Based on these underlying principles, the Seventh Circuit held that “a long term leave of absence cannot be a reasonable accommodation” because “[n]ot working is not a means to perform the job’s essential functions.” In other words, “an extended leave of absence does not give a disabled individual the means to work; it excuses his not working.” As such, the “[i]nability to work for a multi-month period removes a person from the class protected by the ADA.” The court deferred any need for extended medical leave to the realm of the FMLA.

The court, however, acknowledged that “a brief period of leave to deal with a medical condition could be a reasonable accommodation in some circumstances.” One example the court provided was intermittent leave or a short leave of absence of a few days or even a couple weeks, depending on the facts and circumstances. The court analogized such short periods of leave to a part-time or modified work schedule, which was one of the illustrative examples of a reasonable accommodation in the statute.

As for Severson’s request to transfer to a vacant position, the court determined that Severson did not satisfy his burden of proving that there were in fact vacant positions available at the time his employment terminated. He simply showed that vacant positions existed after his employment terminated.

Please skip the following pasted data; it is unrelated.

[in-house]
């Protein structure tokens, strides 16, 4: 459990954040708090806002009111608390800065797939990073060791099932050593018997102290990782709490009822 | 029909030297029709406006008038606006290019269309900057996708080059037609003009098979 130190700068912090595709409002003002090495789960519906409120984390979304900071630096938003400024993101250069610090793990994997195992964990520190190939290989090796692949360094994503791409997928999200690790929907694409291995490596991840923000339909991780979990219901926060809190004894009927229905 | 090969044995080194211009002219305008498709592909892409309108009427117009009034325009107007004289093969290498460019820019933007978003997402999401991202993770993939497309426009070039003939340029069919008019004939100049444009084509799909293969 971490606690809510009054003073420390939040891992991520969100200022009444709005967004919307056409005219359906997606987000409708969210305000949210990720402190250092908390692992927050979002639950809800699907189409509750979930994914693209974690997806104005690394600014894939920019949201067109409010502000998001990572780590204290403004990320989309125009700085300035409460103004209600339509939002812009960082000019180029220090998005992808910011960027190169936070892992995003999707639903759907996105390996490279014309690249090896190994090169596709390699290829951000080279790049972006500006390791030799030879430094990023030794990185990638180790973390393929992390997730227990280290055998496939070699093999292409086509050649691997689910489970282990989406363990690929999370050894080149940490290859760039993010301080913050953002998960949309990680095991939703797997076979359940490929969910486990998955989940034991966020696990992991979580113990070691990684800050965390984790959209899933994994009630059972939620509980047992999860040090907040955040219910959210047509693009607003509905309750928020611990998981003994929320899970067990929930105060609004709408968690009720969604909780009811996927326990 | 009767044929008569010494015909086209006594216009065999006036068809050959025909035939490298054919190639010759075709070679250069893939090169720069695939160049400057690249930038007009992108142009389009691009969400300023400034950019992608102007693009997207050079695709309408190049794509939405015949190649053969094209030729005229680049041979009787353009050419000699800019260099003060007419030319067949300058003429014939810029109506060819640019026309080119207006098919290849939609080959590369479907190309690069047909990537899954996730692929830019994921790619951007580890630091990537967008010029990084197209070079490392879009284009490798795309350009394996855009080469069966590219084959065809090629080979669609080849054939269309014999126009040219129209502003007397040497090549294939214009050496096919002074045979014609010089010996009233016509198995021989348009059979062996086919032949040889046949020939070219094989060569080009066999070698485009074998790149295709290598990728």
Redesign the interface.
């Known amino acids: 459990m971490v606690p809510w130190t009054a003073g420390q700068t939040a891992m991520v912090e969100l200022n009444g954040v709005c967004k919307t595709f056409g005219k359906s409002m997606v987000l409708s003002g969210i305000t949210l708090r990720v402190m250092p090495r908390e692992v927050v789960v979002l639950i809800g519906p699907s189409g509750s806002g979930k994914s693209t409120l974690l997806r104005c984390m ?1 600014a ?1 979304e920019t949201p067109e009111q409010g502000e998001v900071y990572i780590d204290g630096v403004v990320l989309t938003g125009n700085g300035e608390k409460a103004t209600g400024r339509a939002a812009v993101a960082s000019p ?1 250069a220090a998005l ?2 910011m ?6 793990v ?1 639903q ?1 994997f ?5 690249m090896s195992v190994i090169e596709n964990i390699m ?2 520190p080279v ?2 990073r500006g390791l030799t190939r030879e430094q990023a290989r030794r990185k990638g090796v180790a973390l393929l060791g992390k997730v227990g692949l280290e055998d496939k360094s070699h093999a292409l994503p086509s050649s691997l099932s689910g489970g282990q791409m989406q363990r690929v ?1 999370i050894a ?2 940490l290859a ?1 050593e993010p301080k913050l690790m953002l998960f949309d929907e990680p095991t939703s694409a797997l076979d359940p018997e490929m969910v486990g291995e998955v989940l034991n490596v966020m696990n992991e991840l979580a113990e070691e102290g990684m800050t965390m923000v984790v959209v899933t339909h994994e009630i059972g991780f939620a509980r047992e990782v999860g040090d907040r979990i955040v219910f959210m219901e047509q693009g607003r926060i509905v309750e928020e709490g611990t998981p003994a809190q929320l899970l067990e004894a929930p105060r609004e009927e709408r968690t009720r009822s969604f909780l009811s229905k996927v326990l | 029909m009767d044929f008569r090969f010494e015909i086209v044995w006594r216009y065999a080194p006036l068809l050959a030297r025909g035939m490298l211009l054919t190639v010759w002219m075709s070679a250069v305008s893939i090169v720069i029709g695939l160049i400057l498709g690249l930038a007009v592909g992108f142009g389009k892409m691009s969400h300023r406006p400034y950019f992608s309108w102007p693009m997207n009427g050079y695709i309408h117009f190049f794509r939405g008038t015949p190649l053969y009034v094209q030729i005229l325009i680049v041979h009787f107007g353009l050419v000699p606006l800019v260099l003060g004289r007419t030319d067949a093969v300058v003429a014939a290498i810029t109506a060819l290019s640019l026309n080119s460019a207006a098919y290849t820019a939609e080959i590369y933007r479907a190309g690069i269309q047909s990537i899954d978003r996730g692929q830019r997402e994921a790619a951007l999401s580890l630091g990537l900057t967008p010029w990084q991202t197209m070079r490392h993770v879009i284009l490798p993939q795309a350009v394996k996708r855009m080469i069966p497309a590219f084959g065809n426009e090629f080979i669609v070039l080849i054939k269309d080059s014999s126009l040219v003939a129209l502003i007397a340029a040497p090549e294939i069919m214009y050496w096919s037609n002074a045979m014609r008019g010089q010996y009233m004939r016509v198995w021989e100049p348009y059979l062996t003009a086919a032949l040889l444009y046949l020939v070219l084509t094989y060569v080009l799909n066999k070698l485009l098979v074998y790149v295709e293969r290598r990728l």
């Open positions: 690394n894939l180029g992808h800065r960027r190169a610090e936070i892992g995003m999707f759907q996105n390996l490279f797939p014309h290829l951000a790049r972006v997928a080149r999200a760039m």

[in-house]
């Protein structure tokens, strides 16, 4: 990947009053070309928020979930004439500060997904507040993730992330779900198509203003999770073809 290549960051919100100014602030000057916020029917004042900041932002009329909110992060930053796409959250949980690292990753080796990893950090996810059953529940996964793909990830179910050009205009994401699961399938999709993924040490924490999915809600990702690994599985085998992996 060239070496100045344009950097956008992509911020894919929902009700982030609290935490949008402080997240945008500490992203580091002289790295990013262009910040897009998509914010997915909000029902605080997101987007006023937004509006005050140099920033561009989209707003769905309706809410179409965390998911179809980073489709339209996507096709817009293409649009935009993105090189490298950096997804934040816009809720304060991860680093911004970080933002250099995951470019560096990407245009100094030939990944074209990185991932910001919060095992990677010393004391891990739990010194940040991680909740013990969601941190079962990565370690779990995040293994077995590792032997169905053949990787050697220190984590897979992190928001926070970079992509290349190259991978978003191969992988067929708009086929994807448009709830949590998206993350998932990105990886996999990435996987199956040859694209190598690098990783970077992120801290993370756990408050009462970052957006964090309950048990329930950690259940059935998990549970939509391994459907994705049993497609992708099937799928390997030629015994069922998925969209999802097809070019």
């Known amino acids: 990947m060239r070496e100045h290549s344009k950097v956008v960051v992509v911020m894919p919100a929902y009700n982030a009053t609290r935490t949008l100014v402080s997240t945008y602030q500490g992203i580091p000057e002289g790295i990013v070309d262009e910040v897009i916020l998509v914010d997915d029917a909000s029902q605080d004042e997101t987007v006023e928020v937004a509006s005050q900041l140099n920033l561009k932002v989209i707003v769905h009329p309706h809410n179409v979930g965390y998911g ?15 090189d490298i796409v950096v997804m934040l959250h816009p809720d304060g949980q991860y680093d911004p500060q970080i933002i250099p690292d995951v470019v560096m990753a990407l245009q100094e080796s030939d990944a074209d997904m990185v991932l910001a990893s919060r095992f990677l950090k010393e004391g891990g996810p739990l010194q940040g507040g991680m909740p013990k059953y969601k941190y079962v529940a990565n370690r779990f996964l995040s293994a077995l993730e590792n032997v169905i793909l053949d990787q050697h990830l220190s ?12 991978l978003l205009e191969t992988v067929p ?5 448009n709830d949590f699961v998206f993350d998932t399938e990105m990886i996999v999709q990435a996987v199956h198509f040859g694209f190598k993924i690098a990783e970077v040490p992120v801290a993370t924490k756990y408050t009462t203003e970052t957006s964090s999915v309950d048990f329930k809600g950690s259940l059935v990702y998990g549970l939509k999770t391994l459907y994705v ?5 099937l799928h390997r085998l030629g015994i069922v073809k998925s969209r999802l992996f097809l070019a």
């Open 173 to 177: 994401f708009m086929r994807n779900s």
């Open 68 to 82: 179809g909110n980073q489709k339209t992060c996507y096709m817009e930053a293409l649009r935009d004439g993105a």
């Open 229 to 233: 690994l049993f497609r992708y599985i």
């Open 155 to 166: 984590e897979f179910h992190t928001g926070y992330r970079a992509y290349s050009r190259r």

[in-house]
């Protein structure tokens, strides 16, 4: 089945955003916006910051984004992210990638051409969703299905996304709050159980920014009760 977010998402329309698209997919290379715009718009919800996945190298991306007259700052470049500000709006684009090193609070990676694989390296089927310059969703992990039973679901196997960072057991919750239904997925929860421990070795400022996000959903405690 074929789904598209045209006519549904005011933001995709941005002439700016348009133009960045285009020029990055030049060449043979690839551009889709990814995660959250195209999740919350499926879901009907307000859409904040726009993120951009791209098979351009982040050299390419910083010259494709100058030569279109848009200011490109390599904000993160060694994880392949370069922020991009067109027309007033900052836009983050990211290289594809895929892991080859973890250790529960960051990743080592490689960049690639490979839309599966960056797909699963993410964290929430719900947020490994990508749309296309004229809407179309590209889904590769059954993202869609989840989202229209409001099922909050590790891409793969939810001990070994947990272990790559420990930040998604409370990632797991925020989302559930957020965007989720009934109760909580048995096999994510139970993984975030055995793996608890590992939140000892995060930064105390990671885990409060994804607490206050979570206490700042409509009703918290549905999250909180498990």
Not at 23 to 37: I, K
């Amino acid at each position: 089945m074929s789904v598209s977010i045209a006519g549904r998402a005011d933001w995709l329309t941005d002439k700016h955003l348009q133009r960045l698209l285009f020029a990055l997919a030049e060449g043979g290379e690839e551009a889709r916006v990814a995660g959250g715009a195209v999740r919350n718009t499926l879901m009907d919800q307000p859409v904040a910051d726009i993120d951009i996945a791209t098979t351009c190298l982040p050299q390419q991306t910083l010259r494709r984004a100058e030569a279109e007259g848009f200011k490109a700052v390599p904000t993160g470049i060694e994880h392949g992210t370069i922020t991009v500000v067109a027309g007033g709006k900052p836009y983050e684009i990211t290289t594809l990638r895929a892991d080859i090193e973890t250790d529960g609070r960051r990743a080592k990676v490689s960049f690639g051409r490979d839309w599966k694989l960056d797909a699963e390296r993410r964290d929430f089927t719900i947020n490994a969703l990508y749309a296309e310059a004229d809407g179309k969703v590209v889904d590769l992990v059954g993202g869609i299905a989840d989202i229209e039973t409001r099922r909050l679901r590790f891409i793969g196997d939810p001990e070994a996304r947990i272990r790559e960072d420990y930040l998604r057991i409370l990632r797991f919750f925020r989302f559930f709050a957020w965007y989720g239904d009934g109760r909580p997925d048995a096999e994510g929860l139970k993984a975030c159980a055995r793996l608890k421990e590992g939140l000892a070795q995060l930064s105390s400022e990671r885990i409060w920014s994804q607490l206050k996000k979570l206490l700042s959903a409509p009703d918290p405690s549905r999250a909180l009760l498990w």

Lastly, with respect to the request for a light-duty position, the court noted that an employer ordinarily is not obligated to create such a position to accommodate an individual with a disability. The court explained, however, that if the employer has a policy of creating light-duty positions for employees who are occupationally injured, then the company must extend that benefit to disabled employees who are not occupationally injured, unless the company can demonstrate that creating such a position would constitute an undue hardship. Although Heartland had a discretionary policy to give occupationally injured employees temporary light-duty assignments, these assignments were given infrequently and generally lasted no longer than two days. As a result, the court found that Heartland did not have a policy of creating light duty positions for occupationally injured employees and, thus, Severson’s request for an accommodation in this regard was not reasonable.

The court’s decision in Severson is significant, as several courts have endorsed the concept of extended leave constituting a reasonable accommodation under the ADA, provided that certain other conditions are satisfied. While the Seventh Circuit’s decision in Severson still endorses the concept of extended leave constituting a reasonable accommodation, the court’s decision seems to limit an extension of leave to intermittent leaves/breaks or perhaps a few days or weeks, not months. It will be interesting to see whether courts in other jurisdictions follow the Seventh Circuit’s analysis or whether this ruling will be limited to those jurisdictions subject to the Seventh Circuit. In either case, companies should continue to consult with counsel when evaluating ADA issues and what constitutes a reasonable accommodation under the ADA.

If you have any questions regarding this post, please contact Stephen B. Stern at sstern@hwlaw.com or (410) 260-6585 or Amitis Darabnia at adarabnia@hwlaw.com or (410) 260-6592.